Thursday, November 19, 2015

GET READY FOR FGS!

We had a national genealogical conference this year at St. Charles (Mo), and next year we get one at Springfield (Il)--and hotel reservations are now open:

LINK

Note: FGS Conference is August 31-September 3, 2016.

WINDOWS THEMES

Note: What to say about these? Well, they look great, and they’re free…

From the Microsoft website: A theme is a combination of desktop background pictures, window colors, and sounds. You can preview each theme’s image collection by clicking Details. To get a theme, click Download, and then click Open. This saves the theme to your PC and puts it on your desktop.

LINK

WINDOWS DEFENDER

If you install Windows 10, you are protected against hackers from the git-go by Windows Defender. You can then choose to keep Defender running, or you can download and install another anti-virus application like Avast, Avira, or Microsoft’s own Microsoft Security Essentials (I’m running that one as we speak).

From the Microsoft website: Windows 10 is safer and more secure thanks to Windows Defender and Windows Firewall.

When you start up Windows 10 for the first time, Windows Defender is on and working to protect your PC by scanning for malicious software. It will turn itself off if you install another antivirus app.

LINK

GET STARTED WITH WINDOWS 10

If you’ve bit the bullet and decided to upgrade, this terrific online guide from Microsoft is a fast and easy way to familiarize yourself with 10’s many bells and whistles:

LINK

UPGRADE TO WINDOWS 10?

Should you upgrade to Windows 10? This FAQ on the Microsoft website may help you decide.

Your decision may also be influenced by the fact that you may well be eligible for a FREE upgrade to Windows 10. Yes, I said free—check the website for details:

LINK

Friday, October 30, 2015

OPERATION RANCH HAND

The Department of Veterans Affairs has determined that a select group of Air Force and Air Force Reserve personnel were exposed to herbicides through regular and repeated duties as ground, flight or medical crew members on contaminated Operation Ranch Hand (ORH) C-123 aircraft that were used to spray Agent Orange in Vietnam.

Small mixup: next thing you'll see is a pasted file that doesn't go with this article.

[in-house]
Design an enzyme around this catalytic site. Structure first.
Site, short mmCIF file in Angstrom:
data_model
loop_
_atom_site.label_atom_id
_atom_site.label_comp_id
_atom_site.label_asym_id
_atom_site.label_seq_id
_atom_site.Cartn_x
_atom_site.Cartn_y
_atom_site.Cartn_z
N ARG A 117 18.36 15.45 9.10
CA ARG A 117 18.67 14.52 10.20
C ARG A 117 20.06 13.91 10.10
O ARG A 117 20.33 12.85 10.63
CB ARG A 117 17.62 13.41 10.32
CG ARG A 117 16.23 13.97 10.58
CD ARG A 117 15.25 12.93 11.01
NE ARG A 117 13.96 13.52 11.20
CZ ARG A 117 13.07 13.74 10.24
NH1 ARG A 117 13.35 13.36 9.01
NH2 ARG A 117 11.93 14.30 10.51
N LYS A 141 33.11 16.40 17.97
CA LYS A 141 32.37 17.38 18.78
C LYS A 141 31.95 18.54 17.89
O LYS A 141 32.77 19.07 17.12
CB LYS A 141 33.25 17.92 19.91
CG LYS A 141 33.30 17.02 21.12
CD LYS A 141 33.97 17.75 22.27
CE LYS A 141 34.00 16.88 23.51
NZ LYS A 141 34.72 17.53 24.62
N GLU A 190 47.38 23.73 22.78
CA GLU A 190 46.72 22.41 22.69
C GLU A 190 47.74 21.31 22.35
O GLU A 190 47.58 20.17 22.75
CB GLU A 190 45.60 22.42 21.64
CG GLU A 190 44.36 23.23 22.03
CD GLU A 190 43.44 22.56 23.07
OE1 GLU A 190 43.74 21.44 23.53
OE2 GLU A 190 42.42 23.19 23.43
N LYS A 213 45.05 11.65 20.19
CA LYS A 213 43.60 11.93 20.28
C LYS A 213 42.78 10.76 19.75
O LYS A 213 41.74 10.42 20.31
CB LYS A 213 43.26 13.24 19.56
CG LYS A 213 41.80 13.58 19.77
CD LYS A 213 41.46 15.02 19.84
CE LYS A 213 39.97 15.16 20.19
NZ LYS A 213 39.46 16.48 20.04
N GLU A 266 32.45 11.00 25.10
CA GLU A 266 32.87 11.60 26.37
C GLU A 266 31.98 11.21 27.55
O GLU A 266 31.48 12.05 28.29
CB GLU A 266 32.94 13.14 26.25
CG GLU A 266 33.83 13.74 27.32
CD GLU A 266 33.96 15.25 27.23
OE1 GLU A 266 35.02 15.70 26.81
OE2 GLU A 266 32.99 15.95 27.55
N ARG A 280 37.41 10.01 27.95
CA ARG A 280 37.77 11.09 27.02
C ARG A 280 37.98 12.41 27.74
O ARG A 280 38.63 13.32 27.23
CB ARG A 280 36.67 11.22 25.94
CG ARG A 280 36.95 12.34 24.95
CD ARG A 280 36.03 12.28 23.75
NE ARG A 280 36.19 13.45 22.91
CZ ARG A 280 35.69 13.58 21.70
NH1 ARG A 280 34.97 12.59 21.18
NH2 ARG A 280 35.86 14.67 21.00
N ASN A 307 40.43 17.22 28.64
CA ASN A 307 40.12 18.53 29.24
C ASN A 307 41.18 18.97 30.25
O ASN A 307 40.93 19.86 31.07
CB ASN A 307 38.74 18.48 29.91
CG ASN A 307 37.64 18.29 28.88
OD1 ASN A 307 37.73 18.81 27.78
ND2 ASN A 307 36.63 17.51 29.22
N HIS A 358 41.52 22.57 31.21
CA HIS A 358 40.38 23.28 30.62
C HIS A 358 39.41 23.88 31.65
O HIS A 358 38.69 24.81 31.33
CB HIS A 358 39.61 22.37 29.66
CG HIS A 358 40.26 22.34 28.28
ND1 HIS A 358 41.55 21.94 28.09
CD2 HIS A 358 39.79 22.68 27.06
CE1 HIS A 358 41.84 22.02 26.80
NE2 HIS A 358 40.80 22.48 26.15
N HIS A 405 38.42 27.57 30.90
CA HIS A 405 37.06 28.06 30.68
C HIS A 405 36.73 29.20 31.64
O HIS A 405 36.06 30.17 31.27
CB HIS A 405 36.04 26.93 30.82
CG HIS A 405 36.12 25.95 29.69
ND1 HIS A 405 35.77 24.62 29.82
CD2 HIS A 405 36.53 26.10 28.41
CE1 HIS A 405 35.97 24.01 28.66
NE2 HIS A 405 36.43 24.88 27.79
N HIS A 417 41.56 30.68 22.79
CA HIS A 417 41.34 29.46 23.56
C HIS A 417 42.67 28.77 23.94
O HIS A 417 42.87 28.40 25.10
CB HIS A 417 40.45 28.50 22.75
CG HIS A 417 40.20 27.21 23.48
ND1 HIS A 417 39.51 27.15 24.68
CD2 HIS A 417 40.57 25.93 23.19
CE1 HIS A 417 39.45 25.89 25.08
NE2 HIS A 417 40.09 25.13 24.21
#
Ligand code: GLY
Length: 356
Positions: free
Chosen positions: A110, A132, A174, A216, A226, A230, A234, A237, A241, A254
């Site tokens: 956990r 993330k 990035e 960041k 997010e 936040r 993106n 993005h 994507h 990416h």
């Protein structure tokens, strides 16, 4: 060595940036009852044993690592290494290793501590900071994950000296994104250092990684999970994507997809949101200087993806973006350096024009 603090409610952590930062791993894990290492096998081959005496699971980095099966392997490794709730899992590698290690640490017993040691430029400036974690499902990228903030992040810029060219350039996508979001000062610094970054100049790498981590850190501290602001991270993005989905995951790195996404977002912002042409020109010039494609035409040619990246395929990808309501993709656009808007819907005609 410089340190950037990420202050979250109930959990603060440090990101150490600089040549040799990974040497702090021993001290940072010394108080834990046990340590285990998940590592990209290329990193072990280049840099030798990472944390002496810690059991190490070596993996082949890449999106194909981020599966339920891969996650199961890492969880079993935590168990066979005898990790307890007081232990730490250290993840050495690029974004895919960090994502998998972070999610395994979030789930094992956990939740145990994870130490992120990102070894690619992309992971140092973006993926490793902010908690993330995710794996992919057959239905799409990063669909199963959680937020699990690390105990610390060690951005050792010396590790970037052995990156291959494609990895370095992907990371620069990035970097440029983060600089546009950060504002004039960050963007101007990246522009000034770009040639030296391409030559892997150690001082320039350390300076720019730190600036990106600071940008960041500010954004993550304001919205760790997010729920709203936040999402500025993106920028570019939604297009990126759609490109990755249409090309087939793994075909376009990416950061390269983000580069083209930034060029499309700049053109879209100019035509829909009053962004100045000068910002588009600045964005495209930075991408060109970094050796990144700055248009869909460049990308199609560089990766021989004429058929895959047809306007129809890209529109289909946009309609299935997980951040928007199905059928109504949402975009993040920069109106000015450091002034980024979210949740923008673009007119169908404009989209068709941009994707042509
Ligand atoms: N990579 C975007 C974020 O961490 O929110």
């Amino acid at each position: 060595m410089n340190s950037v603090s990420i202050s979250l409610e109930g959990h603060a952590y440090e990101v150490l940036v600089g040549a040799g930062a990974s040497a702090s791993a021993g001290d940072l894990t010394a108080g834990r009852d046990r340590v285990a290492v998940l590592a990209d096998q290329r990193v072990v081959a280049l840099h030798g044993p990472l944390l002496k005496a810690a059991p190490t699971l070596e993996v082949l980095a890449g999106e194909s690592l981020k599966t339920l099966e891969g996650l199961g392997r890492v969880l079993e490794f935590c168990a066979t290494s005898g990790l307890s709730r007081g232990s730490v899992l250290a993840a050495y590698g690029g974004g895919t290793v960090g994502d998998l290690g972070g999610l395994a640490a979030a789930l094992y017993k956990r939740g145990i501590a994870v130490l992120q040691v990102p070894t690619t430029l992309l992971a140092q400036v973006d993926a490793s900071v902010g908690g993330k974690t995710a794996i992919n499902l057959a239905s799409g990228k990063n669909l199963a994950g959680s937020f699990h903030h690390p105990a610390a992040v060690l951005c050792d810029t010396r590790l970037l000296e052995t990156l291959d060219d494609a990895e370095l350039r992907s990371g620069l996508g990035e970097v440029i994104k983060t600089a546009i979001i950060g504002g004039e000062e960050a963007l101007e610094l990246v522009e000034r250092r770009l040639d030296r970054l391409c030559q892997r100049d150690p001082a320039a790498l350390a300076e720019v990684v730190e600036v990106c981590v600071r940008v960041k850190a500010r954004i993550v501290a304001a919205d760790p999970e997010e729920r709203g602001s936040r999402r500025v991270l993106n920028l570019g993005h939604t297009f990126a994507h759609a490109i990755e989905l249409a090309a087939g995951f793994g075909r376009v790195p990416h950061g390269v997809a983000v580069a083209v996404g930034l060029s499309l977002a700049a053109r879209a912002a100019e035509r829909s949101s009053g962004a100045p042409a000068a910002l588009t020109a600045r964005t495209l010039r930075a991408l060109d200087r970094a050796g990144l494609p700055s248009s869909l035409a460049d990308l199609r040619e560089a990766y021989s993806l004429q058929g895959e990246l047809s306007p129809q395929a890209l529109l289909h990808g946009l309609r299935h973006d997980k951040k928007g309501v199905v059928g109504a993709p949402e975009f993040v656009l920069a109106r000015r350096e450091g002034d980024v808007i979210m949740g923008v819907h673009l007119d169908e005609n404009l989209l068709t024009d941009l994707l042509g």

LINK

RISING STAR

A chance discovery in the Irish military archives has for the first time resulted in a Wexford man being publicly acknowledged as having fought in the 1916 Rising:

LINK

NELSON SMITH COLLECTION

Fans of our historic photo collection can rejoice! We’ve just completed the first phase of the Photographic Services Collection. Thanks to the hard work of our volunteer, Lindsay Ploussard, we were able to create a finding aid that lists all of the sections of Nelson Smith’s original collection of Illinois State University photographic history that we currently hold.

LINK

PVT. KELDER’S LONG ROAD HOME

It took relatives of this Illinois WWII POW a long time (and unceasing effort) to get back his mortal remains:

LINK

DIGITAL FAMILY HISTORY AT MGC

November 7, 14, & 21 at 2:00pm-4:00 p.m.

Preserve and share your family story with a digital video of your history. This three-week workshop is aimed at adults who would like to tell the story of their family on video. Combining storytelling, family photos, and images of history, participants will use basic editing software to put together a three-minute video about their family that can be passed down for generations. Participants will get to keep a DVD of their final film as well as have a link to the film online.

LINK

Monday, October 26, 2015

FAMILY TREE MAGAZINE

You can view Table of Contents (and order a copy if interested) for issues dating back to 2005 here:

LINK

NEW JERSEY ADOPTIONS

Researching them just got a little easier (or will be starting in 2017):

LINK

OBITS ARE THE KEY

To unlocking many a family’s history:

LINK

NEWS FROM JOE BEINE…

The Online Searchable Death Indexes and Records Directory has been updated with links to the following items:

LINK

KOREAN WAR UNKNOWN SOLDIER IDENTIFIED

Washington, DC--(ENEWSPF)--October 23, 2015. The Department of Defense POW/MIA Accounting Agency (DPAA) announced today that the remains of a serviceman, missing from the Korean War, have been identified and will be returned to his family for burial with full military honors.

U.S. Army Cpl. Robert E. Meyers of Greencastle, Pennsylvania, will be buried Oct. 26, in Arlington National Cemetery. Meyers, assigned to Company A, 2nd Engineer Combat Battalion, 2nd Infantry Division, was declared missing in action, Dec. 1, 1950, after his unit was involved in combat operations in the vicinity of Sonchu, North Korea. The U.S. Army declared Meyers deceased March 2, 1954.

In 1954, United Nations and communist forces exchanged the remains of war dead in what came to be called “Operation Glory.” All remains recovered in Operation Glory were turned over to the Army’s Central Identification Unit for analysis. The remains they were unable to identify were interred as unknowns at the National Memorial Cemetery of the Pacific in Hawaii, known as the “Punchbowl.”

In 2012, due to advances in technology, the Department of Defense began to re-examine records and concluded that the possibility of identification for some of these unknowns now existed.

To identify Meyers’ remains, scientists from DPAA and the Armed Forces DNA Identification Laboratory used circumstantial evidence, dental analysis, and chest radiographs, which matched Meyers’ records.
Today, more than 7,800 Americans remain unaccounted for from the Korean War. Using advances in technology, identifications continue to be made from remains that were previously returned by North Korean officials or recovered by American teams.